Love the bow and it is beautiful however my wife says I have to many. Current draw length is 28.5 and it does have a new string. Please note that this will be a bare bow when it is purchased.

Mathews target bows have placed a ton of shooters on the podiums of 3D and tournament archery competitions around the world. The new TRX 8 is another outstanding options for shooters wanting a longer axel-to-axel bow with a forgiving 8-inch brace height and pretty decent IBO speeds up to 322 feet per second with the AVS crosscentric cam system. The mixture of stability, speed, and forgiveness is hard to beat with this target bow, and the large draw length range is sure to accommodate everyone on the market for the best target archery has to offer. The price tag is expensive with an MSRP of $1799, and the finish options are very limited with only four colors to choose from. However, shooters of this caliber are more than likely getting their rigs for a reduced price (or free), or at least have aspirations of wining tournament money. For those interested in a longer target bow with some really great performance, the TRX 8 is going to be difficult to beat.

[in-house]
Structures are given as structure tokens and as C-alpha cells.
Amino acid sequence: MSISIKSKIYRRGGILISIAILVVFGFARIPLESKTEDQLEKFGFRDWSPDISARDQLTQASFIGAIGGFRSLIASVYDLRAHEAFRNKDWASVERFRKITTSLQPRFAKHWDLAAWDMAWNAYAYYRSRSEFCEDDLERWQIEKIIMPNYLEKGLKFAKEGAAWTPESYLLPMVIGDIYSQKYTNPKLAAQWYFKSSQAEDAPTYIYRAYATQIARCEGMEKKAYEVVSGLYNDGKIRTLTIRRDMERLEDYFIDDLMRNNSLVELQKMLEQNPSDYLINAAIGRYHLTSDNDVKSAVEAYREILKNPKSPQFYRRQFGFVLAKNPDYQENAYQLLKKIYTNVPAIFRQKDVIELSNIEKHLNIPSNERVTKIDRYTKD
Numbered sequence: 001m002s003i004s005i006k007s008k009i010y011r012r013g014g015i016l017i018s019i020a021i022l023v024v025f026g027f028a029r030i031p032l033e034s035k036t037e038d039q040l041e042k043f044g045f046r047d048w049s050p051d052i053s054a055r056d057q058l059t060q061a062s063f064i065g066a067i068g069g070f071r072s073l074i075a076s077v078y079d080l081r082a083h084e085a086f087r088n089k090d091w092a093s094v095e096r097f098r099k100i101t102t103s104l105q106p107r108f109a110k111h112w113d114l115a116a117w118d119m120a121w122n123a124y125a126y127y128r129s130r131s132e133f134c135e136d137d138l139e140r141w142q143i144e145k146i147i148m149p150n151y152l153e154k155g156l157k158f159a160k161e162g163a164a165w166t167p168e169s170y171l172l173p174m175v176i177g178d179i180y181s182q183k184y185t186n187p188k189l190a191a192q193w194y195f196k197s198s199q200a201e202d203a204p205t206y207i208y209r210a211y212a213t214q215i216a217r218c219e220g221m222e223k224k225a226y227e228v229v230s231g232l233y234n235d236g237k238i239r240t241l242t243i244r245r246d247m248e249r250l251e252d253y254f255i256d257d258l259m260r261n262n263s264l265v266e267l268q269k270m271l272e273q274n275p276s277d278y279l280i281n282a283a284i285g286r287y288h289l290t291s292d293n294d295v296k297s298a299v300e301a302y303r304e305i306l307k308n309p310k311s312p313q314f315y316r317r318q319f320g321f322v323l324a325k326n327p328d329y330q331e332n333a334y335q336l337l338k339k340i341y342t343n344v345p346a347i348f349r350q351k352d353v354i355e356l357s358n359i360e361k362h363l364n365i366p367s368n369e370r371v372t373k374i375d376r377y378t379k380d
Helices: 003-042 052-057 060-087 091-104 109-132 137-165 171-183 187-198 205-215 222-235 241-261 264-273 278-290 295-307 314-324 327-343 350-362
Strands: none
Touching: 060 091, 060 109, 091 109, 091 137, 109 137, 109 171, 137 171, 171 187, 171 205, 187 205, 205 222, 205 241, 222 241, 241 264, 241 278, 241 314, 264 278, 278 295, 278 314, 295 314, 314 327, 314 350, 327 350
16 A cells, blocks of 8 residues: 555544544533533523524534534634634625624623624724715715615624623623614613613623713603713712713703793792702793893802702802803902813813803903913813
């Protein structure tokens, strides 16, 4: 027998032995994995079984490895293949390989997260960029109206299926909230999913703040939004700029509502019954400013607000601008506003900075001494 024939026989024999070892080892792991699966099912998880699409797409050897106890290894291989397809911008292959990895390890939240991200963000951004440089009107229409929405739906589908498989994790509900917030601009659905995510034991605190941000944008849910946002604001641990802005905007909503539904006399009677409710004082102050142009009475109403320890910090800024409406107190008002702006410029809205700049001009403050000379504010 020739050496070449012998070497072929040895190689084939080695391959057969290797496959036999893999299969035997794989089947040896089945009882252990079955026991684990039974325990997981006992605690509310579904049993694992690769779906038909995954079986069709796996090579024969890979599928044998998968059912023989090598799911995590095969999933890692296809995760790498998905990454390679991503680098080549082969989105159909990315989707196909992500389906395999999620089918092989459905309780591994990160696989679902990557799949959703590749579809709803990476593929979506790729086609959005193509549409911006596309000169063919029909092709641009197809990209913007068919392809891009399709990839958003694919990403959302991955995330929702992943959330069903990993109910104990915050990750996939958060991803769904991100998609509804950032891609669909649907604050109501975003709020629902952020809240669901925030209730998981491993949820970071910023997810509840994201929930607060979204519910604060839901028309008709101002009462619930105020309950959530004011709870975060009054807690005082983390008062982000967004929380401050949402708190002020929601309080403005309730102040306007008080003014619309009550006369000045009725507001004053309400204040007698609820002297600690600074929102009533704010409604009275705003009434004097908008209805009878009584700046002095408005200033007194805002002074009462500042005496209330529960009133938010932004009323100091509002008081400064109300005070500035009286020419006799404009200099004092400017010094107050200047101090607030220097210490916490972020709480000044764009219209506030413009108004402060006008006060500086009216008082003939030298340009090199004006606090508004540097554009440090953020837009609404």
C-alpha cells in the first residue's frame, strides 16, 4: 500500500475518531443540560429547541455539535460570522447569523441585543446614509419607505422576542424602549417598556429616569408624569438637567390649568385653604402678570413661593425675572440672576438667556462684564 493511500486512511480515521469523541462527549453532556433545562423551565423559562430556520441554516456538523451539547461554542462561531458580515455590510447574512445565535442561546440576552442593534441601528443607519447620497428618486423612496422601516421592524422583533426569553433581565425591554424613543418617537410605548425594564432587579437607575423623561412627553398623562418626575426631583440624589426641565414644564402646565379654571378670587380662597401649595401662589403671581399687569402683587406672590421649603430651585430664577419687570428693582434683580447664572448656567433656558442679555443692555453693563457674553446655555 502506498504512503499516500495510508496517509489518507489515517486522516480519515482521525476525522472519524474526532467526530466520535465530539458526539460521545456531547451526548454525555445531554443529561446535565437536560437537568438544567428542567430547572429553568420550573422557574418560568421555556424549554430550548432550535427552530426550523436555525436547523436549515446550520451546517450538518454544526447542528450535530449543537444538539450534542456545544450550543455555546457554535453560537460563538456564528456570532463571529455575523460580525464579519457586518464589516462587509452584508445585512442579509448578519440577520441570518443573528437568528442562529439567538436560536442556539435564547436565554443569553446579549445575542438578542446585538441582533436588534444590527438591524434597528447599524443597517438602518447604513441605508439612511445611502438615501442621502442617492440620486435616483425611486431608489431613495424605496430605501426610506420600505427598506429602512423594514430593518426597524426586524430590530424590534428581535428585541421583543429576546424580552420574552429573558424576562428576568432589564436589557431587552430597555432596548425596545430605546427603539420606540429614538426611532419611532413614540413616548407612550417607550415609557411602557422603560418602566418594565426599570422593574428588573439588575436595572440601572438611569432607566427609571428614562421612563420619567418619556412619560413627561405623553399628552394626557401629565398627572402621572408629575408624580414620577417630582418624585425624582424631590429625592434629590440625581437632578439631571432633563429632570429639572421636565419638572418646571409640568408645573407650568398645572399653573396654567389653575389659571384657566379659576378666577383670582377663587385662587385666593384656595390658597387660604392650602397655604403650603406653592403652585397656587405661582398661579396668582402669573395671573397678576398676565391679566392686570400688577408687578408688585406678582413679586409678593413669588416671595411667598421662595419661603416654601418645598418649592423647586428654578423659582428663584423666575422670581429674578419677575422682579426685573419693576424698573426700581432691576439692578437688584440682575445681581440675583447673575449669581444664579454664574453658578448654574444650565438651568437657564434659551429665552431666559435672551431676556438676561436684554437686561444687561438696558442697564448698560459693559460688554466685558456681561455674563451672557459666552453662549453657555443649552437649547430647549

Finish
For an $1800 bow, shooters should be able to have their pick of how the bow looks. Unfortunately, those wanting to shoot the Mathews TRX 8 will only have four finishes to choose from. The colors include red, black, blue, and white. The finish is durable, applied well, and should last a long time with the abuse a target bow will take during indoor and outdoor tournaments. Although it would be nice to even have the camo options offered on the hunting side of Mathews, those available are pretty popular colors on the tournament scene, and the quality is top notch.